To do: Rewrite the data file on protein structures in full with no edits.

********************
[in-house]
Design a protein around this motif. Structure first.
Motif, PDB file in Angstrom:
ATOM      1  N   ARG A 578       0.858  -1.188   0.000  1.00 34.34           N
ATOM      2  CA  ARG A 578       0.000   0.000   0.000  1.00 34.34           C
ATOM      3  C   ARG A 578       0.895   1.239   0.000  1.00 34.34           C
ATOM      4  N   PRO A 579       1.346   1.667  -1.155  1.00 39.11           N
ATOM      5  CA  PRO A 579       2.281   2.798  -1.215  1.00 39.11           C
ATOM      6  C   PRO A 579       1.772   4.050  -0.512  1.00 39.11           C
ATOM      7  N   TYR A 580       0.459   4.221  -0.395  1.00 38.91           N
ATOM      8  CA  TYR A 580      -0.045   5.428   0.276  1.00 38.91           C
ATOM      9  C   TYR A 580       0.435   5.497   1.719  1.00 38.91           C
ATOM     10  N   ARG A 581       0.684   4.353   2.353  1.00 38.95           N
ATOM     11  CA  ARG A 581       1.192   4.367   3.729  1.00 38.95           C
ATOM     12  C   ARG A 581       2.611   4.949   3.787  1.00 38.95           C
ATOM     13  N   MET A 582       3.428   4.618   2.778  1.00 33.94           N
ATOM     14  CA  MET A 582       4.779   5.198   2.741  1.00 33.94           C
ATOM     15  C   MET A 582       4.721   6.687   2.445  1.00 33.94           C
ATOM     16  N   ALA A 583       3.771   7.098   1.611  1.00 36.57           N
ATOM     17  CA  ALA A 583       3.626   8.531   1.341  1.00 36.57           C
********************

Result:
[in-house]
Design a protein around this motif. Structure first.
Motif, PDB file in Angstrom:
ATOM      1  N   ARG A 578       0.858  -1.188   0.000  1.00 34.34           N
ATOM      2  CA  ARG A 578       0.000   0.000   0.000  1.00 34.34           C
ATOM      3  C   ARG A 578       0.895   1.239   0.000  1.00 34.34           C
ATOM      4  N   PRO A 579       1.346   1.667  -1.155  1.00 39.11           N
ATOM      5  CA  PRO A 579       2.281   2.798  -1.215  1.00 39.11           C
ATOM      6  C   PRO A 579       1.772   4.050  -0.512  1.00 39.11           C
ATOM      7  N   TYR A 580       0.459   4.221  -0.395  1.00 38.91           N
ATOM      8  CA  TYR A 580      -0.045   5.428   0.276  1.00 38.91           C
ATOM      9  C   TYR A 580       0.435   5.497   1.719  1.00 38.91           C
ATOM     10  N   ARG A 581       0.684   4.353   2.353  1.00 38.95           N
ATOM     11  CA  ARG A 581       1.192   4.367   3.729  1.00 38.95           C
ATOM     12  C   ARG A 581       2.611   4.949   3.787  1.00 38.95           C
ATOM     13  N   MET A 582       3.428   4.618   2.778  1.00 33.94           N
ATOM     14  CA  MET A 582       4.779   5.198   2.741  1.00 33.94           C
ATOM     15  C   MET A 582       4.721   6.687   2.445  1.00 33.94           C
ATOM     16  N   ALA A 583       3.771   7.098   1.611  1.00 36.57           N
ATOM     17  CA  ALA A 583       3.626   8.531   1.341  1.00 36.57           C